Oct 15, 2013

The Weeknight Book Club: 'A Tale for the Time Being' by Ruth Ozeki.

It's not every day that the words 'Man Booker Shortlist' follow the title of  books I review on this blog.  My excuse is that I'm in a page turner, light entertainment phase of my reading life.  In my short time as a mother, I've figured out that it's much easier to combine reading a Kindle with keeping an eye on a wriggling infant than say to combine infant wrangling with watching television (said infant babbles through the program but is quiet during the ad breaks) or even to flick through a magazine (said infant is guaranteed to want to taste whatever page you're reading).

But I have been meaning to read a shortlisted novel for quite a while.  Each year, the short list would be announced in a news radio segment and I'd then get home and google the candidates.  Mostly, things never got beyond the google search.  The short list always sounded way too complicated and intellectual for my purposes.  I'd promise myself to get a copy of something for the Christmas break but it never quite happens.

Until this year when I heard about Ruth Ozeki's novel, A Tale for the Time Being.


'A Tale for the Time Being' is the most amazing book.  It is beautifully written and it has a plot that appears to have been seamlessly spun from silk.  Disparate themes, characters, places and periods of history are connected by a mystery of our modern times.  It's the kind of book that's so special and moving that I really hope it gets spared the curse of being made into a film.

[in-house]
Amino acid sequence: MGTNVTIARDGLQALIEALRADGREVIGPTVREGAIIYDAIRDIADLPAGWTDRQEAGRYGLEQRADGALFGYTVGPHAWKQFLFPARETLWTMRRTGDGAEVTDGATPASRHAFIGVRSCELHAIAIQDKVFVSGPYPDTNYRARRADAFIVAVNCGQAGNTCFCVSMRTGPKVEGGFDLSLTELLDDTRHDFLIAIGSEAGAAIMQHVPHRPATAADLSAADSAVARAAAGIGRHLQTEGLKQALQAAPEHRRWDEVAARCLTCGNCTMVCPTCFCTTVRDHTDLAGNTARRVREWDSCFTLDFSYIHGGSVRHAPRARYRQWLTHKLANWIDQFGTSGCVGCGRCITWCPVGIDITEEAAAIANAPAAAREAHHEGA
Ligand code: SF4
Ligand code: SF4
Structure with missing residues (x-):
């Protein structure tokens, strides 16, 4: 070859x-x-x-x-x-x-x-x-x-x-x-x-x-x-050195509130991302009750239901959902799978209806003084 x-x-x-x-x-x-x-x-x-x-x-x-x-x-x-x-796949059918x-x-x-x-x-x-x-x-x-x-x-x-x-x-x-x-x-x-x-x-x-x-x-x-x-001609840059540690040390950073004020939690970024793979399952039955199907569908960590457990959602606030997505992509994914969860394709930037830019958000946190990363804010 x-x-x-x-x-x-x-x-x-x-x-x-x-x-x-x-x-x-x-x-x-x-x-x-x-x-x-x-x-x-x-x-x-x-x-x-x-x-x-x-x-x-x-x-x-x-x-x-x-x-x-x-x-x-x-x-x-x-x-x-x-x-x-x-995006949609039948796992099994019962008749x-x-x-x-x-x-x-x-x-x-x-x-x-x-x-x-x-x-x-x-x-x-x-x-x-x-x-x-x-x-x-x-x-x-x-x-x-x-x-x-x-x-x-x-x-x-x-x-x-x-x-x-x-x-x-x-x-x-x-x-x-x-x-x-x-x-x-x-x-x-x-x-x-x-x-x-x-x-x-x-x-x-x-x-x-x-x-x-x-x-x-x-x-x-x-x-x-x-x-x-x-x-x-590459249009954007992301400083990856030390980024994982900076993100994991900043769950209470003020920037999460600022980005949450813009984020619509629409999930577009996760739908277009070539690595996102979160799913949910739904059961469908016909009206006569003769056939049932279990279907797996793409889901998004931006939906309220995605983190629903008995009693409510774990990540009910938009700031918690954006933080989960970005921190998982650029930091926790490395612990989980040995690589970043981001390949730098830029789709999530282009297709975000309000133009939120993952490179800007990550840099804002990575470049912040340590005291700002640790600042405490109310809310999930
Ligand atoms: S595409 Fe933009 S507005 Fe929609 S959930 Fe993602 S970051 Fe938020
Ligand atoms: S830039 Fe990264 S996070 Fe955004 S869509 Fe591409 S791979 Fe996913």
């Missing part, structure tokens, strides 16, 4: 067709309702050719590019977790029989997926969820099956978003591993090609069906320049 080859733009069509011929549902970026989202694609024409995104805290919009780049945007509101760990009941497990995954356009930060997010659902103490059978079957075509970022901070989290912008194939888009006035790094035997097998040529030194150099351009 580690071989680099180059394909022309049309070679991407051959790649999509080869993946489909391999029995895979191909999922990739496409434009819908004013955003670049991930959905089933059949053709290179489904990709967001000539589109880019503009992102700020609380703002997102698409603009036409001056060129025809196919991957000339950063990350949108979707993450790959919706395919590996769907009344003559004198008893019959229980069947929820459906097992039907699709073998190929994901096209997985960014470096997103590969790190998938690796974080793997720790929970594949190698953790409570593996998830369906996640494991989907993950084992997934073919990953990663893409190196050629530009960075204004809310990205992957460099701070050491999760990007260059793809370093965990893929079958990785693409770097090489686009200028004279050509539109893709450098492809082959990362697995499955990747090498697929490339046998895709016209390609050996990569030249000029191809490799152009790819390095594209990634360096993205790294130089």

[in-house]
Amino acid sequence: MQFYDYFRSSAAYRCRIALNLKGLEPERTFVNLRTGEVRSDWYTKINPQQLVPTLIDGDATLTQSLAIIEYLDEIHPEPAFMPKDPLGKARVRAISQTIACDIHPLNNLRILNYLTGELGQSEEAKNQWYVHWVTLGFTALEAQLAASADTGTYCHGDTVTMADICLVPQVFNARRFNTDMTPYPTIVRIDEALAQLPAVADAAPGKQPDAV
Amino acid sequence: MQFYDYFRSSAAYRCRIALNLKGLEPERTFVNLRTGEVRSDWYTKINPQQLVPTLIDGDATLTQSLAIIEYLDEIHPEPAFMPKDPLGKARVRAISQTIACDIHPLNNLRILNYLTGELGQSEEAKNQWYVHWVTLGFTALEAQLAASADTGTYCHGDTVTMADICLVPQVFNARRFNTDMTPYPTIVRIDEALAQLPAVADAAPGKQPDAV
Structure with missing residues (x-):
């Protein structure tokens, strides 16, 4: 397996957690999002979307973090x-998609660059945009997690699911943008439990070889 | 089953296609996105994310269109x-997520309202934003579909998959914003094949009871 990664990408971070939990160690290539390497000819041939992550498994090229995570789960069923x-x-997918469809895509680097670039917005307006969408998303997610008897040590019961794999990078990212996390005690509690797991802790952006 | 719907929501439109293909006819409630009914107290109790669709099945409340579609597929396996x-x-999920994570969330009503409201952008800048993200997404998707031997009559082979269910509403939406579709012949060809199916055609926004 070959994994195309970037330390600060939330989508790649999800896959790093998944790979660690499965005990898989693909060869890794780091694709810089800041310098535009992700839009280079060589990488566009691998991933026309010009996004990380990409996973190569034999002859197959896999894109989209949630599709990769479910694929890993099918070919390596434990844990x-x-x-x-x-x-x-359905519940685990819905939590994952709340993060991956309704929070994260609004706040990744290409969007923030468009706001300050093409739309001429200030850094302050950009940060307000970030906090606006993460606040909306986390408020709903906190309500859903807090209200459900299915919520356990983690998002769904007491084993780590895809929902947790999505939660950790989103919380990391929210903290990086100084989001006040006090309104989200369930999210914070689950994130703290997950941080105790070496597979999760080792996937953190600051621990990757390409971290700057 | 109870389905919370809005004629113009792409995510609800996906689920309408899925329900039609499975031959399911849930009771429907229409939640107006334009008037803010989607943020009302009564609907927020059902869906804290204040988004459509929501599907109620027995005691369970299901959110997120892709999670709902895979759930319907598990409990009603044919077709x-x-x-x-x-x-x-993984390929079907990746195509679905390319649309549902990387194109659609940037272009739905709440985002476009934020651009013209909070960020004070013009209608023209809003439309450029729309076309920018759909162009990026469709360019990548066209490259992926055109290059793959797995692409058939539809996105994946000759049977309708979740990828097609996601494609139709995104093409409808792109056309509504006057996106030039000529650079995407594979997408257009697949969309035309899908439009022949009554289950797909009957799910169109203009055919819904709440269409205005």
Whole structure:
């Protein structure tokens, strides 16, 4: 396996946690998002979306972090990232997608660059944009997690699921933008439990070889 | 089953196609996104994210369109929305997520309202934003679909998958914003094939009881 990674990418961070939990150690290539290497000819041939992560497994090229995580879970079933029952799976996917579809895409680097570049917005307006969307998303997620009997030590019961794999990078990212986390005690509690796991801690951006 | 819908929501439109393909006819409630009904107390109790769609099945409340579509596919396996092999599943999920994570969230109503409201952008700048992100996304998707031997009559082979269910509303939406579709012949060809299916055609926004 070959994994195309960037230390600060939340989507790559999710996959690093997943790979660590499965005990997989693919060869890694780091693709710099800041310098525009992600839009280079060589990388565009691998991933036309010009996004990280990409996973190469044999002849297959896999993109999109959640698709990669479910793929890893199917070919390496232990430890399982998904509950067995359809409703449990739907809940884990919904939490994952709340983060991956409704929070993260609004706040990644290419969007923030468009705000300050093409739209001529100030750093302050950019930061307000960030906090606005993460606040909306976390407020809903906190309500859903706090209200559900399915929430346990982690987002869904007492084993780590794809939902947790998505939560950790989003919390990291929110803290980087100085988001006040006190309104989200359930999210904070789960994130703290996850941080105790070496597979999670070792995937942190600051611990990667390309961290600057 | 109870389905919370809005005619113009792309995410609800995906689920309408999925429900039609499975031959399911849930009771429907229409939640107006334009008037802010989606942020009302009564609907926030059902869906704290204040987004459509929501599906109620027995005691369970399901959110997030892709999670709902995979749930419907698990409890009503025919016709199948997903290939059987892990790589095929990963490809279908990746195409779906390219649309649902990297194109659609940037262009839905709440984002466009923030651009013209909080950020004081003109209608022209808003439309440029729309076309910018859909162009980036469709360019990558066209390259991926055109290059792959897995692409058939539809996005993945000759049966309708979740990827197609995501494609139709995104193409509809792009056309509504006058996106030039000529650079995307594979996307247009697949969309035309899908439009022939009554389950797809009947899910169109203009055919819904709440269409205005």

Sixteen year old Nao Yasutani lives in present day, post tsunami Tokyo with her parents.  The comfortable life they had in California disappeared as the dot com bubble burst, causing the family to move back to Tokyo with very little financially.  Nao's father spiralled downward into a life of gambling and deceit which culminated in a failed suicide attempt.  Nao herself gets bullied at her high school.  Bullied for being too big, for being too foreign and for being too poor.  The harassment culminates in her classmates performing a funeral for her and letting video taped footage go viral.  Nao's mother intervenes which is how Nao finds herself spending a summer with her 104 year  old great grandmother who happens to be a Buddhist nun.

A world away in Desolation Sound, British Columbia, lives Ruth who discovers Nao's diary.  The mystery of Nao's own life and that of her ancestors lies in the pages of the diary and Ruth is drawn into all of it.  Nao is a girl isolated and alone in a country of millions that's in constant motion.  Her journal is her way of reaching out to find that one person who will understand and befriend her.  Is Ruth that person?

Ozeki has this brilliant ability to authentically write from the hearts and minds of her characters.  The world of a displaced teenager in Tokyo is as real as that of the American adult woman trying to overcome writer's block as she tries to find inspiration for her current work.  Between these narratives is a world of Japanese history touching on World War II and the Buddhist philosophies of the country's ancient religion.

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